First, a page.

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Collaborative design project celebrates Lansing, raises funds for art education

From T-shirts, to stickers, to tongue-in-cheek humor, Lansing's grittiest, grassroots, art-driven promo company has ventured into fundraising—forever empowered by the #LoveLansing movement.
 
JiveOne5even—a collaborative art project started by Paul Vetne and Marcus Cottom—recently held it's very first fundraiser in the form of a #LoveLansing party at the Green Door. The event was organized to raise dollars for elementary art programs in the Lansing School District. After an afternoon of live music and activities involving local vendors, Cottom says the event pulled in about $3,600 to purchase art materials and fund scholarships for places like REACH and MSU SmART.
 
"We're going to try to do this on an annual basis," says Cottom, a Lansing native. "Both Paul and I are artists, so it was something we felt strongly about."
 
Cottom and Vetne launched JiveOne5even in the spring of 2014. The two came up with a handful of original designs, printed them on T-shirts, and ventured out to test the appeal through local festivals. The T-shirts caught hold, leading them to branch into stickers, buttons and other items that pay homage to the city.
 
While not Versace or Nike, Cottom says the JiveOne5even label projects a certain cache, and celebrates Lansing through an ironic, urban and respectful sensibility. Designs are created using elements from existing concepts—similar to how a rapper or DJ would build music from samples.
 
"Sometimes I think Lansing has a bad reputation," says Cottom. "You can look at it from the outside and say one thing, but when you live here, you see there's a lot of good going on. It's not just potholes and a big cement parking lot where GM used to be. It's a place full of people starting businesses and making music and art—all kinds of things."
 
JiveOne5even currently has eight designs that can be printed on T-shirts, stickers, buttons, and other small novelty items. Most are available through local stores on the East Side, East Lansing and near downtown.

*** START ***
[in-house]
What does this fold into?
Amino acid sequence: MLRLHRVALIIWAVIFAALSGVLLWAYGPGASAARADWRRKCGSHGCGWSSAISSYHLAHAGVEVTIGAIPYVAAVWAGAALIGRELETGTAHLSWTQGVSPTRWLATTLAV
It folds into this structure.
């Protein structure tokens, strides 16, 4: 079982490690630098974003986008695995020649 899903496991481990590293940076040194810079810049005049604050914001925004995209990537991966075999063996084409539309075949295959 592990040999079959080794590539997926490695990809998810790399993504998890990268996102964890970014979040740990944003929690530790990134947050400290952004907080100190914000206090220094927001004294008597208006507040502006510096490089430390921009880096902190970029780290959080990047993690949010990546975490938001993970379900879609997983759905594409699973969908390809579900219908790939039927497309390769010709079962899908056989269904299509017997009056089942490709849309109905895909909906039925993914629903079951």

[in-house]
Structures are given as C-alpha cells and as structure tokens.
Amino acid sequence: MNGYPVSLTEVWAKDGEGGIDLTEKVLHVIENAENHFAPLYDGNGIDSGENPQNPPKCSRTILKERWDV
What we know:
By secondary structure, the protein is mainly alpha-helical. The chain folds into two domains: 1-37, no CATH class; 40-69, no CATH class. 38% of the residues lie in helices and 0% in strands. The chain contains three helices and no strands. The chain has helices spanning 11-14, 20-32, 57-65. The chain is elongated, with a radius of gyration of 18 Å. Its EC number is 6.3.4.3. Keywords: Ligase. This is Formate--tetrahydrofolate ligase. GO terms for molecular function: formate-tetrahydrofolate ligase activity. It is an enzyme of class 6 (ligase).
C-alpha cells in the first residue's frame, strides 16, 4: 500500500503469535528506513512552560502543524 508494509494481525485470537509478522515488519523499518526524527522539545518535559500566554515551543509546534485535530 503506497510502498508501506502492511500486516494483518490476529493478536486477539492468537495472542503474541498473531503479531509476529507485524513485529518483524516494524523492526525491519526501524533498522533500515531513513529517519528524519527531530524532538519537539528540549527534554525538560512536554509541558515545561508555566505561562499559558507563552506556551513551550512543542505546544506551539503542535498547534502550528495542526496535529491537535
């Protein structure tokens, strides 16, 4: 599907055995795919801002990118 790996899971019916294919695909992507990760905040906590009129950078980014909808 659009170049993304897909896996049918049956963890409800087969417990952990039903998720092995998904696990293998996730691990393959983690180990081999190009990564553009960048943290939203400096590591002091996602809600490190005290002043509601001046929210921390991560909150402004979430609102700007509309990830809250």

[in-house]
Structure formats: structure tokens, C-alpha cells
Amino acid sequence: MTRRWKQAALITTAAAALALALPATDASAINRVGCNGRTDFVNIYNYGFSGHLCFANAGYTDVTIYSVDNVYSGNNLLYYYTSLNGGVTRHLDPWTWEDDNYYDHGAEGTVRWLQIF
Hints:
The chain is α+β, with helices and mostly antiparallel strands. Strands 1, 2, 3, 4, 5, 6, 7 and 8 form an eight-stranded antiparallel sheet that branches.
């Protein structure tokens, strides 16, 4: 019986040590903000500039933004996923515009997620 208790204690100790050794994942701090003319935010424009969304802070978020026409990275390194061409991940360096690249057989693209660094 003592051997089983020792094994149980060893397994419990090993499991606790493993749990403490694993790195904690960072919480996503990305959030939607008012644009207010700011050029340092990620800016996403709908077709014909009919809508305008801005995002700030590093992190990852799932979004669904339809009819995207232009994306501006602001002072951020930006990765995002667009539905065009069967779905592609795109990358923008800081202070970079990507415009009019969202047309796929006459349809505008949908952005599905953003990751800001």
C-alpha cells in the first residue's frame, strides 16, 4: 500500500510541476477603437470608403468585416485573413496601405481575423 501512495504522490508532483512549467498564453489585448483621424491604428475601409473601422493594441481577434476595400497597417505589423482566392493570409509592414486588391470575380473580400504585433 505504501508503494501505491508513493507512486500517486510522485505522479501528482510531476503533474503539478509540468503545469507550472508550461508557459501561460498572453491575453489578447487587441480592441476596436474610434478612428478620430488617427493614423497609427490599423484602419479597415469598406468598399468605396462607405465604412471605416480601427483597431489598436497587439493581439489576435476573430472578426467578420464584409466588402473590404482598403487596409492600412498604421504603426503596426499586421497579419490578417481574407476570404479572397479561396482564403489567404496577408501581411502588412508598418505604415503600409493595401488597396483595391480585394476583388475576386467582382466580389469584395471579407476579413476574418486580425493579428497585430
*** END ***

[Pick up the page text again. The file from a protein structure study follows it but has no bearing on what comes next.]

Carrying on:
Source: Marcus Cottom, Co-Owner, JiveOne5seven
Writer: Ann Kammerer, News Editor
    
Got a story idea for Innovation News? Email Ann Kammerer here.

Lansing-based target marketing firm rebrands and increases outreach

A targeted media firm in Lansing recently rebranded as it reinvigorates its mission to harness the power of data to drive sales, growth, and donations for businesses and organizations.
 
Shortly after the calendar turned over to 2015, Change Media Group transformed from the previous Michigan Blueprint Strategies, and set out to expand its reach and track record to a broad base of clientele.
 
"We wanted to communicate that we're a targeted media firm that can help clients adapt to the changing media landscape," says CEO Amanda Stitt. "Our rebranding shows who we are, and communicates that we are working with clients outside of Michigan, too."
 
Stitt says that Change Media integrates sophisticated data and targeting with the most up-to-date tools and technology to help organizations adapt to a dynamic media landscape. The way people consume news, information, and media is ever-changing, she adds, and can leave organizations with more limited resources outside the communication loop.
 
"We saw there wasn't a lot of help out there for non-profits and small- and mid-sized businesses," says Stitt. "We see ourselves as strategists, designers, writers, data scientists and storytellers that can help you find your audience in an incredibly targeted way."
 
Stitt and her husband, Ryan Irvin, launched Change Media in 2012 under its original name. In three years of business, the company has grown from a handful of clients to about 60. Services include research, data analysis, custom audience modeling, targeting, digital advertising, website and video creation, direct mail, graphic design, data visualization, and general consulting.
 
Change Media relocated from a smaller downtown office to the NEO Center at 934 Clark St. in the summer of 2014. The move, says Stitt, helped accommodate the addition of two new staff members. Stitt projects the small company will grow from six employees to about 10 staff by the end of 2015.
 
Source: Amanda Stitt, CEO, Change Media